Sign up ×
Japanese Language Stack Exchange is a question and answer site for students, teachers, and linguists wanting to discuss the finer points of the Japanese language. It's 100% free, no registration required.

I'm currently working on a translation of a song ("故" by Gremlins) and I have run into something quite strange... While it is not unusual for Japanese lyricists to use kanji with a different meaning than what their singing suggests, or otherwise be creative with their lyrics, I cannot find a connection here, or even understand why he would use these kanji together.

The lyrics goes like this:








I am almost a hundred percent certain what he says is 'kuzen wo nozomu' but while the reading makes sense, I don't actually know what it would mean? Nozomu looks sligtly different to me too, but that could be the small font in the pamphlet, I am not sure. I haven't been able to find the kanji I see it as anywhere...

Does anyone have any suggestions? The theme is very traditional, so there could be some classical or outdated kanji use involved, but I have no clue.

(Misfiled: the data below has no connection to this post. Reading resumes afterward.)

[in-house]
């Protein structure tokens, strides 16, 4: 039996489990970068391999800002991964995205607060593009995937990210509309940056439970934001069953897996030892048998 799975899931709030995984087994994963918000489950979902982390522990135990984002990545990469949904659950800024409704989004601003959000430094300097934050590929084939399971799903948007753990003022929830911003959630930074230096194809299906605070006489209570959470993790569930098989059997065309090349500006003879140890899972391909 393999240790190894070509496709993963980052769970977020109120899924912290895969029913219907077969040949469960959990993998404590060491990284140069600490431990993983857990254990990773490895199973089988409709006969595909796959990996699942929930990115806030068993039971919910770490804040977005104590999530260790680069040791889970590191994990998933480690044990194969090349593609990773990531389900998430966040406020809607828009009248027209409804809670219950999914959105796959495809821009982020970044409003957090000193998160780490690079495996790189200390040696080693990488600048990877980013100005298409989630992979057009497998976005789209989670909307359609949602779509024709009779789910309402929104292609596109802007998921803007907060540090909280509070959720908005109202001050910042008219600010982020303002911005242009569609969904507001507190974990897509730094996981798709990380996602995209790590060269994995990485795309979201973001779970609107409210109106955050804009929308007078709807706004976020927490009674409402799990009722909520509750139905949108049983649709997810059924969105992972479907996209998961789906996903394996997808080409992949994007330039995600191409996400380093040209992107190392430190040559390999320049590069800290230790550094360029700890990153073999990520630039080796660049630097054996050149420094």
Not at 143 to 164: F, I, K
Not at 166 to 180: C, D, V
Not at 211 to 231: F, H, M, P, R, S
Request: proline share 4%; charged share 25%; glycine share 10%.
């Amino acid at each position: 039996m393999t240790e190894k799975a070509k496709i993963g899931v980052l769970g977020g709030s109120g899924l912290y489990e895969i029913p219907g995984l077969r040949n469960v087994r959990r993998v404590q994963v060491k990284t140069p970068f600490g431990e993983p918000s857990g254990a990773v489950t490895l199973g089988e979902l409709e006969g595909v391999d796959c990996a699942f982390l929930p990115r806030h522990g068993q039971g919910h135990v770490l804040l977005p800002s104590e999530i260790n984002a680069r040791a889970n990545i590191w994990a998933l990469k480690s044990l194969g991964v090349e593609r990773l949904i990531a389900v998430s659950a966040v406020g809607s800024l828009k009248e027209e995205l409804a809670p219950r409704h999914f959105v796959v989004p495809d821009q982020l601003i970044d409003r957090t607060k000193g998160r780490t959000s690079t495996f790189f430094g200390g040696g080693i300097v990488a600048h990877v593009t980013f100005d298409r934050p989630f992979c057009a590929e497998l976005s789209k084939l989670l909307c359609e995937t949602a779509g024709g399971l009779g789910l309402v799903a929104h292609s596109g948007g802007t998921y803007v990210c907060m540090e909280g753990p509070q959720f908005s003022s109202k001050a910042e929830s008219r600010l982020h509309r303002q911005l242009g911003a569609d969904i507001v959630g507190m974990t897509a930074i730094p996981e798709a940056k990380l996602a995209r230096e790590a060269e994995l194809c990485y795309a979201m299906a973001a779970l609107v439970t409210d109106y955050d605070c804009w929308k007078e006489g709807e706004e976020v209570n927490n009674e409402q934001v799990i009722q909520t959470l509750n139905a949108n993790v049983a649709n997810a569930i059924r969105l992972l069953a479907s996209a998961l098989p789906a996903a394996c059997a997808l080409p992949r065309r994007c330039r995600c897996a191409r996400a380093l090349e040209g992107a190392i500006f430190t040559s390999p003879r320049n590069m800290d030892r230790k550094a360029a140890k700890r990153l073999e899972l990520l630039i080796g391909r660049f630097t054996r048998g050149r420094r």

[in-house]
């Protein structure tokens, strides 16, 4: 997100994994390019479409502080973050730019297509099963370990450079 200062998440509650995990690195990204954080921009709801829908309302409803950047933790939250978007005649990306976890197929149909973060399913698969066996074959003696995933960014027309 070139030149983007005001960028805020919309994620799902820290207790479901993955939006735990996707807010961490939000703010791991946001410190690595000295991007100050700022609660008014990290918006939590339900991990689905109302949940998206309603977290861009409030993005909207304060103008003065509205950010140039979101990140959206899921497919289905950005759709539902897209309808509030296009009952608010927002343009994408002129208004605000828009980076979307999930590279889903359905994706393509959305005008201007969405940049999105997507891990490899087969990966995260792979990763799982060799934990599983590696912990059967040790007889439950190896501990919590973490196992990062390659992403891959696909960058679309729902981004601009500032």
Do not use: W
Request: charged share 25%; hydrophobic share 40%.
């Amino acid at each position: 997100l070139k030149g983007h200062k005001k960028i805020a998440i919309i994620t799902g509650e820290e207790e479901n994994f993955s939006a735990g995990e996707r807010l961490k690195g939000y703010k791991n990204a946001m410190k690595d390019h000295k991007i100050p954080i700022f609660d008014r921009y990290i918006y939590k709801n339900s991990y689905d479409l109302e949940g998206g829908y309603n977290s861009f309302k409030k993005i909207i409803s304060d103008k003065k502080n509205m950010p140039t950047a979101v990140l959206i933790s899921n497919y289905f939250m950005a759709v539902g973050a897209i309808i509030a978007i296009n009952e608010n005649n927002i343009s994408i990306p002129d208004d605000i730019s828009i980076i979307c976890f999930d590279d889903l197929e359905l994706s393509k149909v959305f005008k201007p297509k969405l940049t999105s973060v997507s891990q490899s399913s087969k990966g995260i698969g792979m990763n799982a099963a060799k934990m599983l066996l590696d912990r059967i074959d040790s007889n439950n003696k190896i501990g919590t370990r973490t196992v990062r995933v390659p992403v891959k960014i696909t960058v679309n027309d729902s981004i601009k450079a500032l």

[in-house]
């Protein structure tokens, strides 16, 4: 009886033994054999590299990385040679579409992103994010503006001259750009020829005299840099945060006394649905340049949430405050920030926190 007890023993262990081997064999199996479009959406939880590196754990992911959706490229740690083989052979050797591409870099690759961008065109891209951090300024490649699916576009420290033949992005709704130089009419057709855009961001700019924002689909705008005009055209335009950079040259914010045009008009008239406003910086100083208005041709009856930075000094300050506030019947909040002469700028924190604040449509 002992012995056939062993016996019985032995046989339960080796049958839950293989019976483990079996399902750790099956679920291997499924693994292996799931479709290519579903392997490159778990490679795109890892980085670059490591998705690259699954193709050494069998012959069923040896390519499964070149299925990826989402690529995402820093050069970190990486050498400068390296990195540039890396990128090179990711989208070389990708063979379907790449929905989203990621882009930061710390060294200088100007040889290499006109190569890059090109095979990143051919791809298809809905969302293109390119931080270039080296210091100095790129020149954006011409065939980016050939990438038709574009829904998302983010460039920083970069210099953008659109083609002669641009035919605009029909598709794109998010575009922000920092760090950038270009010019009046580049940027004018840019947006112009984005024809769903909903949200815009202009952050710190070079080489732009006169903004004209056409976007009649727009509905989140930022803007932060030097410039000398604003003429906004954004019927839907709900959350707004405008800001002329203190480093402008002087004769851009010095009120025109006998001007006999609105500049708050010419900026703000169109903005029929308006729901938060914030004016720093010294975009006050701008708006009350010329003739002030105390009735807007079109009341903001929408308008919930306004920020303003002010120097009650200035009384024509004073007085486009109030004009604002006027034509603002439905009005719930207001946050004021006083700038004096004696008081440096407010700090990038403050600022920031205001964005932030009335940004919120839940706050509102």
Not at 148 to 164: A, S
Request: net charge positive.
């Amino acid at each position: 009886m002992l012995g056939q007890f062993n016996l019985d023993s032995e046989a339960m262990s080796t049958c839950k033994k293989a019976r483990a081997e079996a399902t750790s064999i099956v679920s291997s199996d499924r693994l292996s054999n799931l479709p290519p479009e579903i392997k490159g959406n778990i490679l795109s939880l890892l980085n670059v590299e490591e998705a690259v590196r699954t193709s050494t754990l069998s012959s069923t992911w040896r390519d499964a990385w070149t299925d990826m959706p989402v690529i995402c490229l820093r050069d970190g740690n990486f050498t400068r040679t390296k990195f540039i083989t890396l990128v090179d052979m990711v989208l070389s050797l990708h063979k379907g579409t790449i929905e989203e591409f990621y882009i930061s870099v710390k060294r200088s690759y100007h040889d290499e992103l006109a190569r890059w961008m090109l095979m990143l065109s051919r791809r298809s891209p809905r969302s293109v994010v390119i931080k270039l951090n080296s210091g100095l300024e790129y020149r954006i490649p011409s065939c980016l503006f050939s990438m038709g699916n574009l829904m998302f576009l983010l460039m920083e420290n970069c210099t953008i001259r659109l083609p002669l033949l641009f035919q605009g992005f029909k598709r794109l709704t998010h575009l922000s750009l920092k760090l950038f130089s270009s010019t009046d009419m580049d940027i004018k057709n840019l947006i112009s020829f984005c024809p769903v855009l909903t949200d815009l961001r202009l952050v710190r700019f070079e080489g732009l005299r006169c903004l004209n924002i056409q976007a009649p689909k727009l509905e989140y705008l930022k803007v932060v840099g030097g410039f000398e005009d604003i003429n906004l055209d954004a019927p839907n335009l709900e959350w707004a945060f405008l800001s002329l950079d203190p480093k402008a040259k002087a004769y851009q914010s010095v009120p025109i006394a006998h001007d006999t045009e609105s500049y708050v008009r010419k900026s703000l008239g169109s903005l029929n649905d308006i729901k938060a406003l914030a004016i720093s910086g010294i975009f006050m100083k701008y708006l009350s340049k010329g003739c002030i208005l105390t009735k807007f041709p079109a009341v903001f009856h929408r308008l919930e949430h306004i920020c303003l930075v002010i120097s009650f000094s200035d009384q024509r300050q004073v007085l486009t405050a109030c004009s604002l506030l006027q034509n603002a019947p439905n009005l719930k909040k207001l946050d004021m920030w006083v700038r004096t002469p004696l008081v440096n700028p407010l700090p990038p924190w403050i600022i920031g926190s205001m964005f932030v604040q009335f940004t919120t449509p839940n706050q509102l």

share|improve this question
Did you try looking up 供膳 in a dictionary or in google? – virmaior Apr 19 '14 at 1:28
I have tried every online dictionary I know and google, too, of course. I don't have my actual dictionaries with me here, so I haven't been able to look through them, but it doesn't really seem like this combination is used at all... – Visualife Apr 19 '14 at 1:46

1 Answer 1

I found it here.

It appears to be a very formal word describing when two newlyweds have their first meal together.

Given the lyrical content, though, it may be referring to this. 供膳 in this sense refers to a ritual where food is left for deceased ancestors. If the person singing is staring down death, this may be what it is.


I am not totally sure either way, though. This is just what I found with some quick searching!

share|improve this answer

Your Answer


By posting your answer, you agree to the privacy policy and terms of service.

Not the answer you're looking for? Browse other questions tagged or ask your own question.